Brian Green

The latest official data for new orders in construction could be read as good news. They show an up-tick of almost 5% in the first quarter of this year on the seasonally adjusted measure.

That sounds promising on the face of it and many might claim that it is. But that would be to look at a small detail in a much bigger picture that looks far from promising.

Naturally any rise in new orders at the moment is welcome. But the rise in the first quarter was not enough to stop the annualised volume of new orders falling to the lowest level yet seen in this recession.

What is of particular concern is that the new orders for private housing and commercial work (see graphs below) are so poor. Given the spending cuts, the private sector needs to be fired up if construction is to return to growth and restore some of the ground it has lost over the past four years.

Taken neat these are truly awful figures and have been worrying for some time.

Before drawing too many conclusions from the data, it is important not to think that orders directly relate to output. Think rather of new orders as the amount you put into the tank each month and new work output as the amount you use. It’s not quite that simple, because work is negotiated or done outside that which is recorded in the contract data. But the notion of stock and flows needs to be appreciated.

Still, whatever caveats we might put on these data, they suggest new work being won by the industry is at a level last seen in the 1980s, when frankly construction was on its backside having had the rug pulled from under it when public spending was savagely cut as the nation went into recession.

Sound familiar?

The good news – and in stark contrast to the late 1970s – is that when the industry entered recession in 2008 the tank was brimming and there were a few full jerry cans stocked up as well.

The bad news is that since then the volume of new orders taken in each month has dwindled to levels not seen since those best-forgotten grim old days of the early 1980s.

Now you might be cute enough to think that there are issues with the deflators or seasonal adjustments in the figures. But strip these out and we see that in cash terms the level of new orders won over the past year is at about the same level as a decade ago.

Now the price of an average basket of goods and services has risen by about a third since 2002, so that rather puts into perspective the 5% rise in the seasonally and inflation adjusted estimate of new orders.

But more important than the growth rate and even the level is that new orders have been so low for so long. If we look at the work let over the past four years it is down by almost 30% on the work won in the four years up to the credit crunch in the autumn of 2007.

This compares interestingly with just 8% less construction output over the past four years compared with the four years before the credit crunch. It suggests that new orders in the tank, so to speak, are being used up far faster than they are being replaced.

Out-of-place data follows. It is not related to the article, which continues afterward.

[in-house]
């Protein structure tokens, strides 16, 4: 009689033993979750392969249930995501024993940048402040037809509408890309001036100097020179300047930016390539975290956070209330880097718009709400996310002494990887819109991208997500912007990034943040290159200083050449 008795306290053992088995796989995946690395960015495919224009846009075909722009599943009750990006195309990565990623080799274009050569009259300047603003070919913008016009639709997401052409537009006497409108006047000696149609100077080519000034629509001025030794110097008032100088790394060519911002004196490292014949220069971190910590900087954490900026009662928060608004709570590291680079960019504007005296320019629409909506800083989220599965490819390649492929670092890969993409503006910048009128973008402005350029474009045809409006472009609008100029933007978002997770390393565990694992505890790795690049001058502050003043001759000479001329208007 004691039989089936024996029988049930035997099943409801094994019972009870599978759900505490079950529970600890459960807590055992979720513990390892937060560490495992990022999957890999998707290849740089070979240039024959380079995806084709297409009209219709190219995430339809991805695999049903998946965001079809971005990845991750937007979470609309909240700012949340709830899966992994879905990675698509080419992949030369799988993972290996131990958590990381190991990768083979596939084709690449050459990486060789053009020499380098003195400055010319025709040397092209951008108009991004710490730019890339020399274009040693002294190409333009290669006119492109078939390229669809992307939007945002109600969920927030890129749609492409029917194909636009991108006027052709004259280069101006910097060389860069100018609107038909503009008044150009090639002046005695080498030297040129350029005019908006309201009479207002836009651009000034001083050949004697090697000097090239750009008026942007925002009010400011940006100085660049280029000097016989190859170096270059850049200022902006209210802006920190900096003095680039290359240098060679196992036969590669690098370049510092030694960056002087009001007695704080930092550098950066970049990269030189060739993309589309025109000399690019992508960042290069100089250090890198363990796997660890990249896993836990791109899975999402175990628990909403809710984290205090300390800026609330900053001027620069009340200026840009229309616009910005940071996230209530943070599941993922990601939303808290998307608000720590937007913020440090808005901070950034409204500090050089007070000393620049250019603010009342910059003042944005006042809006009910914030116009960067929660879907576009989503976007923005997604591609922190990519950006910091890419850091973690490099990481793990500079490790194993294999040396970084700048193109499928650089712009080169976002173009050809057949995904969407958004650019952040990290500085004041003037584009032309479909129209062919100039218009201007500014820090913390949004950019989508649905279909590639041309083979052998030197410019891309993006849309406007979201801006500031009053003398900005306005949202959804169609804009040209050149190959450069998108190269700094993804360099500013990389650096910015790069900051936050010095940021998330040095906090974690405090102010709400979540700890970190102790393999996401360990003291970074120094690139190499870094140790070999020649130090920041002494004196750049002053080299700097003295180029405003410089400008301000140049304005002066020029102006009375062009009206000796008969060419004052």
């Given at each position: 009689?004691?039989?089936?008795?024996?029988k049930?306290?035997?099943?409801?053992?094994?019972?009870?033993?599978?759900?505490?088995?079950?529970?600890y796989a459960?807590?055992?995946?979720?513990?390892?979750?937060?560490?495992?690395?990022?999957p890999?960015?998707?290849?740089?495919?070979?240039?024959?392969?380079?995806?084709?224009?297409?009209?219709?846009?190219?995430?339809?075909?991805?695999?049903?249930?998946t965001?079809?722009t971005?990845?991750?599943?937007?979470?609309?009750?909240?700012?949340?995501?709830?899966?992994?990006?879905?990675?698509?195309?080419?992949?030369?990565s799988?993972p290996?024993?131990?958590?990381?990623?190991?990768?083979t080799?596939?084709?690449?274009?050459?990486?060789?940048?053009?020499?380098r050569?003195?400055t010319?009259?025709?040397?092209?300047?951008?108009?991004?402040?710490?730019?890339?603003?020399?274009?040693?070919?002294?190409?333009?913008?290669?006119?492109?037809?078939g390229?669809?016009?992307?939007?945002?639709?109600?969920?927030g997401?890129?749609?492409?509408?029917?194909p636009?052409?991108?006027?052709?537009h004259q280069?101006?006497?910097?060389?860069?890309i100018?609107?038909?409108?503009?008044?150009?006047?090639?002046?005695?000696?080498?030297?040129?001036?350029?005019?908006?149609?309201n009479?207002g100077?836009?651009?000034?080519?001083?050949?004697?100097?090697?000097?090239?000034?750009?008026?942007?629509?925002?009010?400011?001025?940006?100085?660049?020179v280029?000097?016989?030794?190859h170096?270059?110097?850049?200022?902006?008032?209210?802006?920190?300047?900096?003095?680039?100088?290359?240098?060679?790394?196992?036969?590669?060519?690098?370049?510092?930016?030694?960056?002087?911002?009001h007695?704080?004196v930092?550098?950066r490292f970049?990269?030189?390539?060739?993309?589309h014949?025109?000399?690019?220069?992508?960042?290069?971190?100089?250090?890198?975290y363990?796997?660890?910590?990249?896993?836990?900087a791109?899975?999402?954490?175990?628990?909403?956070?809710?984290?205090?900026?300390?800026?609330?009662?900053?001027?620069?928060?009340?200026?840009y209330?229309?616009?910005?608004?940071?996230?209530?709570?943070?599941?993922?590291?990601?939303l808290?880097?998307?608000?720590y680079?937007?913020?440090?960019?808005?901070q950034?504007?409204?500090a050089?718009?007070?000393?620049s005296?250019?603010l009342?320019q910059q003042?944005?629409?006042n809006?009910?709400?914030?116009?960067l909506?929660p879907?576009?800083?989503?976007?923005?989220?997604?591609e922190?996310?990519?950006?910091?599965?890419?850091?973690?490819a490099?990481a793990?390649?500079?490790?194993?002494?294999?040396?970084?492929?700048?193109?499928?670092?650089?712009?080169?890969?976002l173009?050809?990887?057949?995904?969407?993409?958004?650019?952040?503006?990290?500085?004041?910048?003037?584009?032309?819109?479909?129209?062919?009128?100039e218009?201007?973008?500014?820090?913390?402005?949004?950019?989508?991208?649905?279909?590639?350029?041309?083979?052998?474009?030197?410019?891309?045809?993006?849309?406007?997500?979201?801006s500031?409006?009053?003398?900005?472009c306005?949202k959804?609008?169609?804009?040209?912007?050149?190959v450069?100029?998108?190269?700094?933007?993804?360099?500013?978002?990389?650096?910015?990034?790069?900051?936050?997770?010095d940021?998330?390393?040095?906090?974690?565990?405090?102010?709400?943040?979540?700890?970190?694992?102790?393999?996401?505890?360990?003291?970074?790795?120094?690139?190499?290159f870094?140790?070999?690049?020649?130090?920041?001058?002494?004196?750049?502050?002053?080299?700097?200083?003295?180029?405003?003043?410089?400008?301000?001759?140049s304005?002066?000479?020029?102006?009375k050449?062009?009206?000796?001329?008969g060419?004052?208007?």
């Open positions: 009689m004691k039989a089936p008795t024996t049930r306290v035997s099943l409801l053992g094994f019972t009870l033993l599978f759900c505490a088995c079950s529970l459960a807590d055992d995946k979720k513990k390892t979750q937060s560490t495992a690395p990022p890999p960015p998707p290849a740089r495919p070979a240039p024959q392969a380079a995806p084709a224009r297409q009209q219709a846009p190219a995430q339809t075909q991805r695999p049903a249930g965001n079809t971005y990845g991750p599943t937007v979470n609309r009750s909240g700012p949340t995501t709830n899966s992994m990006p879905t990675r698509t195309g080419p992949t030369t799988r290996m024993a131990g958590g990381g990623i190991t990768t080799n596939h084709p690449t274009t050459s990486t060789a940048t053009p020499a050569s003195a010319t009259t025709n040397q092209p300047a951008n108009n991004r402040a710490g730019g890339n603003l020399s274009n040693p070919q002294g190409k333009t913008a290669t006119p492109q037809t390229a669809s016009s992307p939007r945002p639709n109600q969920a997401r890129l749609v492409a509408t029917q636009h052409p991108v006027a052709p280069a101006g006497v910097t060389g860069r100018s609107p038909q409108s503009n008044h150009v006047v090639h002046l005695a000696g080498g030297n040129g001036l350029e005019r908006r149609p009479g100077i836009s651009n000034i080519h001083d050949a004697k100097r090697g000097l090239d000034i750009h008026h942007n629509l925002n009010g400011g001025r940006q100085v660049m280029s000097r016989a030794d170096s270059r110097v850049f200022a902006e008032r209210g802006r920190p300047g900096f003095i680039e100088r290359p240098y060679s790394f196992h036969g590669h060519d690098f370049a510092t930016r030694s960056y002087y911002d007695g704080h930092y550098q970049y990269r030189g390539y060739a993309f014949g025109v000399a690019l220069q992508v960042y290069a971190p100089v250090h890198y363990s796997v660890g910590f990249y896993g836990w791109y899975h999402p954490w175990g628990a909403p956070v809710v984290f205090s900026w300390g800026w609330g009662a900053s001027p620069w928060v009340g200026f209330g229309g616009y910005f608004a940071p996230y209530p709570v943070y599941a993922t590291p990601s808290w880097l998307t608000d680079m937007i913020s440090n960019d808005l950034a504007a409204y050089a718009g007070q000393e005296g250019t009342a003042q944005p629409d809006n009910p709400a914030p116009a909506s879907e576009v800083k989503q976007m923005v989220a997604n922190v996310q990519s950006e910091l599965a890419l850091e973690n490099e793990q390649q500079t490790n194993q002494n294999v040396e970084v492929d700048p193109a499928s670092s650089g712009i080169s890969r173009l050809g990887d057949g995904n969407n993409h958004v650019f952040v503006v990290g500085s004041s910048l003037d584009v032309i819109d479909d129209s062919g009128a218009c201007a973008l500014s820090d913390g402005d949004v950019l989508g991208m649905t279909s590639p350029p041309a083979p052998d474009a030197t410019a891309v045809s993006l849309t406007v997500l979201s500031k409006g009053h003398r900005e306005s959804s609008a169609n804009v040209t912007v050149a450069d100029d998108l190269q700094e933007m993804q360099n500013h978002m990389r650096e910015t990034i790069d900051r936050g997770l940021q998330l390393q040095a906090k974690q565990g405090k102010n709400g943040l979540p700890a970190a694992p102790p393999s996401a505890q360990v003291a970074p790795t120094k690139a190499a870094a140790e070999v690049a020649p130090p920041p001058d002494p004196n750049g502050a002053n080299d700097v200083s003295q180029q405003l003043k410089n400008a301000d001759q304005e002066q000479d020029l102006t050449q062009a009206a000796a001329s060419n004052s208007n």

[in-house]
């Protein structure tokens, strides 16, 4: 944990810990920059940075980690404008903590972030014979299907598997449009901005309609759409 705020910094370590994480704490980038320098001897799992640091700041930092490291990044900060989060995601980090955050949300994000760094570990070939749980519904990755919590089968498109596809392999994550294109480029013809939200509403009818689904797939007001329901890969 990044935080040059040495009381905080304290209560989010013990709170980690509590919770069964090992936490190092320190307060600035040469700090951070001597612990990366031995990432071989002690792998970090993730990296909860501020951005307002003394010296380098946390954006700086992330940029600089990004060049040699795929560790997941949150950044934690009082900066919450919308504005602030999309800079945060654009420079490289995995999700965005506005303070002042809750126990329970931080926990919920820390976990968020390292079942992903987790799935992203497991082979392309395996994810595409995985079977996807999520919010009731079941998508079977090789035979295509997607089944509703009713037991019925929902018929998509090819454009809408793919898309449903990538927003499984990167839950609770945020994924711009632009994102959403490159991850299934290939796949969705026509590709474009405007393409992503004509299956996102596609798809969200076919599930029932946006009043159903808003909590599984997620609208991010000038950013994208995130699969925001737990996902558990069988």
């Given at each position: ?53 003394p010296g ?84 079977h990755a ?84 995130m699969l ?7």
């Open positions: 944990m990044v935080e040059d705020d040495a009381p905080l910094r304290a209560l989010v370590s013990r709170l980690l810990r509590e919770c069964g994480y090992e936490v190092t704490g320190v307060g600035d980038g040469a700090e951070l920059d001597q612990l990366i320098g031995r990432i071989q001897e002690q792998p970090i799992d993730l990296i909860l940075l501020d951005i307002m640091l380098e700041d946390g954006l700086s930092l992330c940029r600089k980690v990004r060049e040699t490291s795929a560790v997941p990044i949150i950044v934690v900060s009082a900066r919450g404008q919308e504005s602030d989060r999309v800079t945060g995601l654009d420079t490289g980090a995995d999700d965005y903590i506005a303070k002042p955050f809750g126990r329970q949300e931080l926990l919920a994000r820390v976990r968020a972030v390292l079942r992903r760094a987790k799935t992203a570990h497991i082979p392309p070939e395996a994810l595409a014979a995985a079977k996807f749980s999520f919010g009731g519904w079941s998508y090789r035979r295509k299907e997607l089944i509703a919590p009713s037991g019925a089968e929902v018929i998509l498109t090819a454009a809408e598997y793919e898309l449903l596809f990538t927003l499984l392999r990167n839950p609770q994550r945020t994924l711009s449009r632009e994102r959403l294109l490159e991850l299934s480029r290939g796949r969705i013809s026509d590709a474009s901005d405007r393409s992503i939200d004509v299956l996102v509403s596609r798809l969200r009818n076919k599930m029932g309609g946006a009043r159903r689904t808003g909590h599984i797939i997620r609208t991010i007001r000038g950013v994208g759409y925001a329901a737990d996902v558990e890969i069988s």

One crumb of comfort is that in reality the large disparity suggested by these figures between the drop from peak in new orders and the far smaller drop in output is probably a bit less worrying than it looks.

One of the reasons that the orders were so high ahead of the credit crunch was that the mix of contracts was changing to include unusually large proportions of big contracts. In 2009 the top 50 contracts accounted for 32% of orders greater than £100,000, whereas the corresponding figure for 2003 was 19%.

Being larger, these contracts will have on average provided work for longer periods and fortunately this will have helped to support work on site through the recession. So the orders figures contained work that stretched far further into the future than would normally be the case.

Also developers shelved a large number of schemes in the wake of the financial crisis. This probably reduced the peak of construction to less than the orders figures might have suggested. Much of this work did come back and overall the effect would have been to smooth out workload and help to support the sector through the grim times.

The scale of the recession was also eased by the previous Government bringing forward public capital spending and creating a surge in the value of public sector orders let in 2009 and 2010.

Thought of in graphic terms the peak of orders was higher than one might normally expect and the peak in output lower, given the level of orders in the pipeline.  So we might reasonably expect a lower corresponding fall in output than we have seen in orders.

The effect of more large projects, stalled schemes and a public spending surge mentioned above might in part explain the rather odd divergence between new orders and new work output through the recession, which is evident in the graph below.

Ultimately, however, as the graph immediately above shows, new orders are – or at least up to the recession were – a very strong indicator of future work. There is a very close correlation.

So, despite the weakening of that correlation recently, unless something has dramatically changed in how the industry’s procurement operates or there’s a cock up in how the data are collected, we should expect to see output come back a bit more into line with orders.

Sadly, given new orders are still in decline on an annualised basis and we are pretty much running on empty, we shouldn’t be shocked if new work output falls substantially.

How much? That’s a tricky question to answer, but these data worry me plenty.

Anyway, here are some sector and regional graphs to provide food for thought and to make the blog a bit more colourful.